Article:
3 of the Worst Chevy Equinox Model Years, According to CarComplaints
The Chevy Equinox is a popular midsize SUV offering a comfortable ride, ample cargo space, and numerous safety features. However, like any other vehicle, the Equinox is not immune to maintenance and repair issues, which can result in high costs for owners. It’s important to note that problems can plague some Chevy Equinox years more than others. So, which are the worst Chevy Equinox model years you should avoid when considering a used SUV?
Surviving the 2006 Chevy Equinox’s costly repairs
One of the most common problems reported with the 2006 Chevy Equinox is the heater blowing cold air, which can be a significant inconvenience, especially during the winter. This problem frequently occurs at 79,000 miles, costing about $800 to rectify.
Another issue that has been reported is the engine shutting down while driving, which can be a serious safety hazard. This problem usually arises at about 75,000 miles and can cost $3,500 on average to fix.
According to CarComplaints.com, the blend door breaking is another common issue with the 2006 Equinox, resulting in poor air-conditioning performance. The cost to fix is around $1,000, and it often occurs around 103,000 miles.
Although these issues can be frustrating for owners, regular maintenance can help prevent them from occurring or worsening over time.
The 2010 Chevy Equinox has engine and transmission problems
The 2010 Chevy Equinox has its fair share of maintenance problems, with the engine and transmission being among the most common frustrations. Excessive oil consumption is one of the most notorious issues with this model year, which can result in engine damage and reduced performance. On average, the cost to fix this problem is around $3,300, and it typically occurs around 77,000 miles.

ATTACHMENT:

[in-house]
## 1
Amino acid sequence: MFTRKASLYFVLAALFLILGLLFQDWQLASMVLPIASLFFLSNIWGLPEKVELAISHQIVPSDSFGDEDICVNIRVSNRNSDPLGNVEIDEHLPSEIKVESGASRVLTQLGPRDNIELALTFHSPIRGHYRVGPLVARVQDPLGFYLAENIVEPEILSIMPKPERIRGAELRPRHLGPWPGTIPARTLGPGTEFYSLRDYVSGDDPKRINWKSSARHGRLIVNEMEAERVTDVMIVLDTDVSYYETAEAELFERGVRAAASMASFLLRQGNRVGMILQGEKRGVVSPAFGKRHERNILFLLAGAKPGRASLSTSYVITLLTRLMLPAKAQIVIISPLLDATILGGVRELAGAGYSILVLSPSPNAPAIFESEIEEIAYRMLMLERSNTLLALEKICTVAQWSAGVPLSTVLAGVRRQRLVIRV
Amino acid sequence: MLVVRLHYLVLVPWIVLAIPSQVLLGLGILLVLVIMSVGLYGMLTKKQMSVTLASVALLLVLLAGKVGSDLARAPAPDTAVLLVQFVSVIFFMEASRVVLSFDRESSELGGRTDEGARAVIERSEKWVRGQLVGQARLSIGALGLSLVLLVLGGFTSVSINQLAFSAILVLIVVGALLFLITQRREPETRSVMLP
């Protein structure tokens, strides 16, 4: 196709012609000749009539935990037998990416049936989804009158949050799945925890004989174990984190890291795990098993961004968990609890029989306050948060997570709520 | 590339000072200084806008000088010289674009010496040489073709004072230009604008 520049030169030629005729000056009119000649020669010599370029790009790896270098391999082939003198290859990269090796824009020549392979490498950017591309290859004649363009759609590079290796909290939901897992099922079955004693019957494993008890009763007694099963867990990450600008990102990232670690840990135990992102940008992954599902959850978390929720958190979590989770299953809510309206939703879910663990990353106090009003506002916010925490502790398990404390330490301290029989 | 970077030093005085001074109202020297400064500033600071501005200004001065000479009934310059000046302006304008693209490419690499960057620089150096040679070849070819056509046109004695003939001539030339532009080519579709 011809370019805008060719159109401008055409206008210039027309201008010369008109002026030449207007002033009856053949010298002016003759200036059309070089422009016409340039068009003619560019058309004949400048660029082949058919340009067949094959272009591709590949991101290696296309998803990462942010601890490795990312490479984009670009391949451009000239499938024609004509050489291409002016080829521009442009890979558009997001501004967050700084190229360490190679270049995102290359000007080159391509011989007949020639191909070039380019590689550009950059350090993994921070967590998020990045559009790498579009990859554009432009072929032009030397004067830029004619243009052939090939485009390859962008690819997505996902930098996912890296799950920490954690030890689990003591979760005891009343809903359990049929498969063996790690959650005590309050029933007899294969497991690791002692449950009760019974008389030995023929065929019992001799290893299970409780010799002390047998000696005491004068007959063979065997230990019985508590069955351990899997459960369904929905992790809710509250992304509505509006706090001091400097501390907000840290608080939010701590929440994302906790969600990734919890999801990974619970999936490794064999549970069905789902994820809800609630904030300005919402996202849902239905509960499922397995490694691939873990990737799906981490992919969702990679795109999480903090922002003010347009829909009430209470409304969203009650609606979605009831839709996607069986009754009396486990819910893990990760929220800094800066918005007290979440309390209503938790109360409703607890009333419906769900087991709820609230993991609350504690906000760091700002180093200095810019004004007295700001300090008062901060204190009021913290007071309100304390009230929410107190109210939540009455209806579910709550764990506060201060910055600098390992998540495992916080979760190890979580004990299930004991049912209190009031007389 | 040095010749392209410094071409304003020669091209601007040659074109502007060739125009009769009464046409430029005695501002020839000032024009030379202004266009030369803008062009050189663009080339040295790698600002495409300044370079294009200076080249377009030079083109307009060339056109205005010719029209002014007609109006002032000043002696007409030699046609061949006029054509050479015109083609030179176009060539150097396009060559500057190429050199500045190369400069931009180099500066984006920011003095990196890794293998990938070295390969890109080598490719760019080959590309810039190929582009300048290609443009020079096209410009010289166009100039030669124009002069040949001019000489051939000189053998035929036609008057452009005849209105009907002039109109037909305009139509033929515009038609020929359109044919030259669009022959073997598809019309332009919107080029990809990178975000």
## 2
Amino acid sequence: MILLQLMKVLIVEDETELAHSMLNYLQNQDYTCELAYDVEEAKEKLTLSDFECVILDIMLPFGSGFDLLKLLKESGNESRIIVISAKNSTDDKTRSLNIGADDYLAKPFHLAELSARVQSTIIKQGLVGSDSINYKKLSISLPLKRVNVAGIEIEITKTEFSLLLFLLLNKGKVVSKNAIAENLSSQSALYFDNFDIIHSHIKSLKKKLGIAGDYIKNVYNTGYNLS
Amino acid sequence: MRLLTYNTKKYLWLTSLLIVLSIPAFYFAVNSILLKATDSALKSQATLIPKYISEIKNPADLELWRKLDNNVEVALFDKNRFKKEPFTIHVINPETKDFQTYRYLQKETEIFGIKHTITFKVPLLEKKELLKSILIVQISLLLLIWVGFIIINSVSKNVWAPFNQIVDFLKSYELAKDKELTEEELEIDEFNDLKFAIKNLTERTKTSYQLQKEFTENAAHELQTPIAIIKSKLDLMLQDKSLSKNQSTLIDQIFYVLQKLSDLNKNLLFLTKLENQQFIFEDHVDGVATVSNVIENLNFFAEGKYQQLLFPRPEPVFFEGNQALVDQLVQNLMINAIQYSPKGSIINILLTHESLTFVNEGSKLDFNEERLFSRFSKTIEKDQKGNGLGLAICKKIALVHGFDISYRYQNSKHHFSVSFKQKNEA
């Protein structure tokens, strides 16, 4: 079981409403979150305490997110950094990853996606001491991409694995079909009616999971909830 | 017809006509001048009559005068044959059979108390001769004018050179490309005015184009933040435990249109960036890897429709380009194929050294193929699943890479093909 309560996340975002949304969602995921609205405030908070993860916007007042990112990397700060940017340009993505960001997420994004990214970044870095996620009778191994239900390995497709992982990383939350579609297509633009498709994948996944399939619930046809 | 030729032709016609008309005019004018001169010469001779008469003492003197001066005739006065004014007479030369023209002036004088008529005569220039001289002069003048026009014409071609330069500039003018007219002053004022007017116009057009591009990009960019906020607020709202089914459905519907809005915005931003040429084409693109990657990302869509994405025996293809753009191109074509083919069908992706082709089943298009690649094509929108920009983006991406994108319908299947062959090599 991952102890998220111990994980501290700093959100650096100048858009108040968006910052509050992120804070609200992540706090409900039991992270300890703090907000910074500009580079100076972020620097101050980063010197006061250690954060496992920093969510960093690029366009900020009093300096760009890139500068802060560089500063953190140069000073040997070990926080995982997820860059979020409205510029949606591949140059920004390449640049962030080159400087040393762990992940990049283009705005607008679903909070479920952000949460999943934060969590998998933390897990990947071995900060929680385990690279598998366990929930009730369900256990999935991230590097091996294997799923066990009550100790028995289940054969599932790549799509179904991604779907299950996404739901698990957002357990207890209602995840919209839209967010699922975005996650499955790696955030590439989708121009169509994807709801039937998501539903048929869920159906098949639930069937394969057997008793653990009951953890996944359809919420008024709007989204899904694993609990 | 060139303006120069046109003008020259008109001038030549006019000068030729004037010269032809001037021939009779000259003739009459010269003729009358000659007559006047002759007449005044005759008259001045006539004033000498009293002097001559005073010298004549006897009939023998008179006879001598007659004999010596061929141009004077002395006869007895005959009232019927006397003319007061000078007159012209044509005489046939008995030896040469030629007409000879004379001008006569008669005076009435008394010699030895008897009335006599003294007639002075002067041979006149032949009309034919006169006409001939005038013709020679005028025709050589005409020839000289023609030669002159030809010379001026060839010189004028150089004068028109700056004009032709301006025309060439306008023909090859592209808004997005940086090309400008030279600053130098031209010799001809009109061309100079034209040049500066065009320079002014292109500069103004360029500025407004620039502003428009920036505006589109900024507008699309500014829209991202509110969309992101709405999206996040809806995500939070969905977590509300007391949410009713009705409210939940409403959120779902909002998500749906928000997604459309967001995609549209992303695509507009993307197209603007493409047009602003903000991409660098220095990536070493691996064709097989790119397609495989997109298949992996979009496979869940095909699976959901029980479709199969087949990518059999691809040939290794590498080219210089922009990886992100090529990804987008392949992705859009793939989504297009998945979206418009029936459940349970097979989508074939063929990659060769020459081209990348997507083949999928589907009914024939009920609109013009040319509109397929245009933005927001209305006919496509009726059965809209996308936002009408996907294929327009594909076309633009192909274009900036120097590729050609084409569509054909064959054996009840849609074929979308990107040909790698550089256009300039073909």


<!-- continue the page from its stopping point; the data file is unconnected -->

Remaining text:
In addition, some owners have reported engine defects in the 2010 Equinox, which can be a significant safety issue. The estimated price to fix this issue is around $4,100, and it typically occurs at around 87,000 miles.
Another common problem reported is transmission failure, resulting in harsh shifting or complete loss of power. Around 74,000 miles is the typical mileage for this problem, with a typical repair cost of $3,100.
The 2013 Chevy Equinox has some concerning and costly maintenance issues
If you own a 2013 Chevy Equinox, the most worrying issue is a timing chain that can break, causing significant damage to the engine and leading to expensive repairs. The average cost to fix this issue is around $1,600, and it typically occurs at around 117,000 miles.
Some owners have also reported rusting doors, which can be unsightly and unsafe. This problem often arises after 40,000 miles and costs an estimated $1,100 to fix. Another common problem reported is excessive oil consumption, which occurs around 76,000 miles and can cost $3,100 to repair.
Proceed with caution regarding these other problematic models
In addition to avoiding the worst Chevy Equinox model years above, be wary of the 2005, 2011, and 2012 models, according to CarComplaints.com data.
The 2005 Chevy Equinox may be a solid choice, but it has head gasket leaks and failures, with average repair costs ranging from $1,900 to $2,300. That can occur as early as 73,000 miles, with some cases not presenting until closer to 98,000 miles.
Excessive oil usage, clattering noises when starting the SUV, and other costly maintenance issues could affect 2011 Chevrolet Equinox owners. These problems can occur as early as 35,000 miles and cost about $2,500 to $3,400 to resolve.
In addition, 2012 Chevy Equinox owners have reported several issues, including a blown rear main seal, a check engine light, and excessive oil consumption. The average cost to fix these problems ranges from $1,700 to $2,900, with an average mileage of 63,000 to 94,000 miles.